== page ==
Many people do not appreciate the essence of paleontologists in our day-to-day lives. Today I would like to look at how their advisory work can help our society and the world on a whole. Listening to a vertebrate paleontologist, Jordan Mallon, I learned that there is a lot that they have to say, for example, what the fact is, what is accurate, and what is false. Let us delve into the advisory work of paleontologists and how it benefits us.
Correcting old ideas
Paleontologists have known, for some time now, that there were some feathered dinosaurs. However, the image of fuzzy theropods has not penetrated the common man’s mind. Jordan Mallon says that he got a chance to team up with Canada Post to design a stamp series that featured dinosaurs and other prehistoric animals. He then seized the moment to include some feathered forms such as the ostrich-mimic. That helped to set the record straight.
Promote recent advances
Vertebrate paleontology is moving at an even faster rate, thanks to fossil finds and new technologies. Jordan says that it is very intriguing to discuss these recent advances with friends. However, through advisory work, he also gets a chance to take that talk over coffee to the rest of the world. He speaks of his recent work with a video game developer for Dinosaur Island. In this game, the player is supposed to maintain a ‘digital terrarium’ where a sustainable balance is looked for between resources and species to avoid an ecosystem collapse. The dinosaurs in this game are customizable to make room for new paleontology findings. For example, there is an option to allow cannibalism in Tyrannosaurus rex. Mr. Mallon says that Ezra Sidran, the game developer has strived to achieve scientific accuracy making it a pleasure to partner with him.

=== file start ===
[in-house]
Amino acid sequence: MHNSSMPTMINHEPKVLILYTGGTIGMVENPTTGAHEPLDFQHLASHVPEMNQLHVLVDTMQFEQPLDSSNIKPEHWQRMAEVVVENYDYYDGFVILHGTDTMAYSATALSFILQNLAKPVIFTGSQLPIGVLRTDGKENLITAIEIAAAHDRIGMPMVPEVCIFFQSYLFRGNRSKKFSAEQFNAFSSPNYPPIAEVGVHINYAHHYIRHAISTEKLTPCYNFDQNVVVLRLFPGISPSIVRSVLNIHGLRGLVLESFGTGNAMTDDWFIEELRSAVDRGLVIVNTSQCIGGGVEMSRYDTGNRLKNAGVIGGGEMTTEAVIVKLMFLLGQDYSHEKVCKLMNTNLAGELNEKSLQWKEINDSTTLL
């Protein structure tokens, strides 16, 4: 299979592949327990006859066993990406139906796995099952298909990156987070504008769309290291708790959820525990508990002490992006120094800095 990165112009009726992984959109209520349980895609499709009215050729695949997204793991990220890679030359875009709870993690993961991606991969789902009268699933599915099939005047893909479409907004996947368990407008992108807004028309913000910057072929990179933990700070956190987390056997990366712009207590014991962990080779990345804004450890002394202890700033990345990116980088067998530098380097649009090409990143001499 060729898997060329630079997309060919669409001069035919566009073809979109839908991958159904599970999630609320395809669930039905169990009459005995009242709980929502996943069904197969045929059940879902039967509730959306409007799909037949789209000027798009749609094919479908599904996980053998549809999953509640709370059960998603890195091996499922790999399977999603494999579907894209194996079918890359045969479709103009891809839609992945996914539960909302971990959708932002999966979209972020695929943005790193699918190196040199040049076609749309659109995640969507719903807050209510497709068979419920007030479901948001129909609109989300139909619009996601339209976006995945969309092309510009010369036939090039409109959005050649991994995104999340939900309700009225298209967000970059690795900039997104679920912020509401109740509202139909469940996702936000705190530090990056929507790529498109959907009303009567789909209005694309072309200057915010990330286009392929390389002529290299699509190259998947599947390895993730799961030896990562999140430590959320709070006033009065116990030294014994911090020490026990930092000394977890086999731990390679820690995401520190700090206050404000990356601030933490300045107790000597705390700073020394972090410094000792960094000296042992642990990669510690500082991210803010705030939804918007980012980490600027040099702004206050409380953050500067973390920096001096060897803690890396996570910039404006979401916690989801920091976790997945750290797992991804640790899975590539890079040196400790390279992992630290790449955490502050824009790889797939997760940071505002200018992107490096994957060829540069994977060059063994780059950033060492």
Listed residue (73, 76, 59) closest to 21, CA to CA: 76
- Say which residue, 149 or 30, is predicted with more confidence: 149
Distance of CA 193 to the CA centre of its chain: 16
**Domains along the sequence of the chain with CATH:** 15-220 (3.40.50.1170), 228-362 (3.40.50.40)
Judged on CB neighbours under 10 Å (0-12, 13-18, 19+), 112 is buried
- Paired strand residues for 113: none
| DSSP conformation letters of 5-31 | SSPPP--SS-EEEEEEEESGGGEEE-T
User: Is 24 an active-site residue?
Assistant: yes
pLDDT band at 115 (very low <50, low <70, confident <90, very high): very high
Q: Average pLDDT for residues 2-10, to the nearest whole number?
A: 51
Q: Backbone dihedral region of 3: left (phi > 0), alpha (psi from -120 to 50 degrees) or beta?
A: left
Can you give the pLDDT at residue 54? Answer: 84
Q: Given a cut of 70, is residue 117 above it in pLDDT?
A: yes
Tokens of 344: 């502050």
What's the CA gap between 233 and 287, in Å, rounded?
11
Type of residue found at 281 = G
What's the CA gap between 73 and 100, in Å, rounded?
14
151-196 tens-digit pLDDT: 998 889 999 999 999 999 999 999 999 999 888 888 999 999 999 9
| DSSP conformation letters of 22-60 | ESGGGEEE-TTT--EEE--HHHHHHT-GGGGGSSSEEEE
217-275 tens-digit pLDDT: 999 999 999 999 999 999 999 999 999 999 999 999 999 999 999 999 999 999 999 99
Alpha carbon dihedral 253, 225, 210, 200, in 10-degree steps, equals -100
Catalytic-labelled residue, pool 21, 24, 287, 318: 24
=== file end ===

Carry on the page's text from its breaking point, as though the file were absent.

Share something you are passionate about
Jordan has been on a journey of studying Canadian dinosaurs. Besides that, he was always been fascinated by literature on the adventures of early Canadian dinosaur hunters in the badlands of Saskatchewan and Alberta. Mr. Mallon works at the Canadian Museum of Nature, Ottawa, and they recently had a celebration of 100 years of their fossil gallery. During this time, he was invited to help with designing several displays showcasing photos of the gallery over the years. That served as a highlight to the long association of the museum with paleontology; specifically dinosaurs. Sifting through the pile of old photos was great, and it made him appreciate the opportunity to share this rich history with the museum visitors.
Besides the advisory benefits, the contextual background that is availed by paleontology allows for the interpretation of significant living organism characteristics and the importance of biological occurrences we see today. Therefore, these contextual benefits are not limited to:
Determining how things change under the x,y and z conditions; the cause-and-effect relationships
Understanding the relative intensity of changes occurring in our world today
Determining the evolutionary identity of past and living organisms
Gaining the power to predict rare events that occurred in the past, and could be experienced in the future